Valuation

The valuation methodology proposed in section 58 is to use “current market value” as the floor and “long term economic value” as the ceiling, when it comes to valuing property. The concept of “long term economic value” included in the Bill is also fraught.

The future value of a property is already reflected in the current market value of an asset. When someone acquires a property, they already make long term economic assumptions in relation to the pros and cons of the purchase in the price that they bid for the property. The concept of ‘long term economic value’ therefore, requires that assumptions be made which depart from this present reality.

The structure of NAMA is based on an assumption that property prices will rise again. It is the state, however, that bears the risks if the predictions about ‘long-term economic value’ are proven to be inaccurate over time.

‘Although the measures contemplated by the draft law should restore confidence in the Irish banking system, the ECB considers it important, in line with previous opinions that the pricing of acquired assets is mostly risk-based and determined by market conditions. The preference expressed in the draft law for the long-term economic value of assets, rather than current market values, requires careful consideration in this context. In particular, it should be ensured that the assumptions to determine the long-term economic value of bank assets will not involve undue premium payments to the participating financial institutions to avoid creating inappropriate incentives from their side as regards the use of the scheme.’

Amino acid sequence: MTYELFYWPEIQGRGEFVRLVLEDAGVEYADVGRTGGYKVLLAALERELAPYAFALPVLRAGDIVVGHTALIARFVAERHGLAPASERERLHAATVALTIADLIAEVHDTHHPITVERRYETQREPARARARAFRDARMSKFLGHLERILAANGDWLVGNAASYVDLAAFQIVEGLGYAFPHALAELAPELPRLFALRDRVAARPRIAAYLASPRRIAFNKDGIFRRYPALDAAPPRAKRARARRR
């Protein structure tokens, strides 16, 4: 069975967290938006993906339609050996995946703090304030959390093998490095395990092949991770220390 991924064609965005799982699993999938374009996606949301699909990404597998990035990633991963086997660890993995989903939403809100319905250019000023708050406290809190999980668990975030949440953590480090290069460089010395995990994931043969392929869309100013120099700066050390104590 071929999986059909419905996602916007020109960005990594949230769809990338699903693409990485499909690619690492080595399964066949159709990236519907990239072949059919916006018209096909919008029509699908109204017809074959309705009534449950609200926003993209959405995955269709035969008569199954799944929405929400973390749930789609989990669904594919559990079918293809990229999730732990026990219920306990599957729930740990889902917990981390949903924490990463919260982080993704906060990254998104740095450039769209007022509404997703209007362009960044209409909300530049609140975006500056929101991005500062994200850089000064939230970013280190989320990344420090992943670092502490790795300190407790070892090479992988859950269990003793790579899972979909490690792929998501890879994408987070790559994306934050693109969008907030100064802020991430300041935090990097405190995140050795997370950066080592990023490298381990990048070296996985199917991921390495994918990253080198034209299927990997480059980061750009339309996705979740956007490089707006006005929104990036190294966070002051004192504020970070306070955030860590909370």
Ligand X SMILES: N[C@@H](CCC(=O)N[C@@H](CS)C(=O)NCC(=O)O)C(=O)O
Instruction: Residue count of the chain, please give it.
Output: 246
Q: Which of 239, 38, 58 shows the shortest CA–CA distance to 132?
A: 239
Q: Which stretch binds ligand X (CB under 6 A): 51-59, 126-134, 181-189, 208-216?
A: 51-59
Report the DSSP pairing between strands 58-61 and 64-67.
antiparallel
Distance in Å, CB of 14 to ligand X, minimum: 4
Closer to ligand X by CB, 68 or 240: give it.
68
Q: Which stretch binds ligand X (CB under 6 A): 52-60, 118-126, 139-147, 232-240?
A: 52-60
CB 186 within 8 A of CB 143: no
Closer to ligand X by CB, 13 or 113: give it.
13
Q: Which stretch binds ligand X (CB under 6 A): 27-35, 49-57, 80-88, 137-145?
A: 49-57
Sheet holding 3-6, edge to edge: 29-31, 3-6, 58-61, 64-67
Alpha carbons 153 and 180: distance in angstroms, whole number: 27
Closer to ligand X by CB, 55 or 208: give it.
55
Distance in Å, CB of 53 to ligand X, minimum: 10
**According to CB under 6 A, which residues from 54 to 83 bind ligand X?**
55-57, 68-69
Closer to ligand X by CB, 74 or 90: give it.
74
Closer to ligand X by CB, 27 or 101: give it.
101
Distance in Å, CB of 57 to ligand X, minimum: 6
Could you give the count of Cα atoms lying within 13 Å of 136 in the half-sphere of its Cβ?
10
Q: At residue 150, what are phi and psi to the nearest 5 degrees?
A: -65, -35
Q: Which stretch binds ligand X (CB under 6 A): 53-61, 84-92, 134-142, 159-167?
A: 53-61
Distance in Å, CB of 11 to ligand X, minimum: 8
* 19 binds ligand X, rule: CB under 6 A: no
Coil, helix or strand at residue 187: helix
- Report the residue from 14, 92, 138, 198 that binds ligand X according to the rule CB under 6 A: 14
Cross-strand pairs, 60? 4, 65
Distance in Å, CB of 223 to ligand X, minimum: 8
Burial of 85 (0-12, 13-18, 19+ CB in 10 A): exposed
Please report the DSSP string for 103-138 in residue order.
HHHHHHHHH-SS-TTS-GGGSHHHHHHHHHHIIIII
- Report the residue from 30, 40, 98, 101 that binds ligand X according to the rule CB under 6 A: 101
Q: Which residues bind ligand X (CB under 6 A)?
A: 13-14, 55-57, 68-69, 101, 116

Covered in depth in earlier posts. “I’m agreeing to buy this donkey from you and pay you y for it because I believe y is the current market value for it!”  “Well, you see in about 10 years time this donkey will win the Grand National”. “The market price currently takes that into account along with a huge range of other factors, goodbye!” “I’ll stick with current market value, thank you!”

As in earlier posts, financial markets under free regulation have misled markets to believe property values are similar in nature to say a farmer selling a field of turnips that has just been planted. Turnips will most likely grow but property bubbles will burst fed by false distortions of the market place , unpredictable growth, speculation, variations in supply/demand and irresponsible gambling and corruption. The Ministers LTEV is a recipe for all the negatives while leaving out the most important aspect of all, benefit to the tax payer.

European Central Bank, Statement, 31st August 2009

The whole structure of NAMA therefore, is one which places enormous risks on the exchequer. Specific problems include the following.